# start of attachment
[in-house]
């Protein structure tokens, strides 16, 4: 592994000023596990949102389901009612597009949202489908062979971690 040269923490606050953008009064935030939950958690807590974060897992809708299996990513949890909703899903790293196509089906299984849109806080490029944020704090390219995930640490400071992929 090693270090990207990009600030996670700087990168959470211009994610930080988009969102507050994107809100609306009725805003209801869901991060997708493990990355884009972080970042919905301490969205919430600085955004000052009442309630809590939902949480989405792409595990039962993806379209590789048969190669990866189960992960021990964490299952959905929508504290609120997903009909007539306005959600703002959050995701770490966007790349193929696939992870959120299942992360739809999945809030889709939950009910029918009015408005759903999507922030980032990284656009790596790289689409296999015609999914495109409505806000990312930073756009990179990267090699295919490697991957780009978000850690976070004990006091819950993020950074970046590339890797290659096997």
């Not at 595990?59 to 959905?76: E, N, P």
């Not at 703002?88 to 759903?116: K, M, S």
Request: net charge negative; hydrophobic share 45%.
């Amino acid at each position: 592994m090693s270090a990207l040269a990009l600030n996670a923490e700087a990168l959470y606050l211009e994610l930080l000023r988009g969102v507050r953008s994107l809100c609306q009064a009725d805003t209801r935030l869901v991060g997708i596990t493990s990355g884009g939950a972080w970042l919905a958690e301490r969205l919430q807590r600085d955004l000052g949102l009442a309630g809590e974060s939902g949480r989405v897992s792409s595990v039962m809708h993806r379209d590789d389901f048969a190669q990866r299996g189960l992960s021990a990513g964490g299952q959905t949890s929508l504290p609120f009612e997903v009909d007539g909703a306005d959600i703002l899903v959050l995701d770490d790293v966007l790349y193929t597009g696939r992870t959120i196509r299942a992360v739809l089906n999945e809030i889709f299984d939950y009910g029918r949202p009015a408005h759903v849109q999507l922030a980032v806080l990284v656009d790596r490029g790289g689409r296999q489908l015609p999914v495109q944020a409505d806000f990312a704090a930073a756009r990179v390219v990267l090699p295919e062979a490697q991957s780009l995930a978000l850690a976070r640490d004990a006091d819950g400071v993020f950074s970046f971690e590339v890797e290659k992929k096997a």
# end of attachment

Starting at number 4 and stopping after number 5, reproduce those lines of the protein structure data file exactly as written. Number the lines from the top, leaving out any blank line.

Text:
């Not at 703002?88 to 759903?116: K, M, S």
Request: net charge negative; hydrophobic share 45%.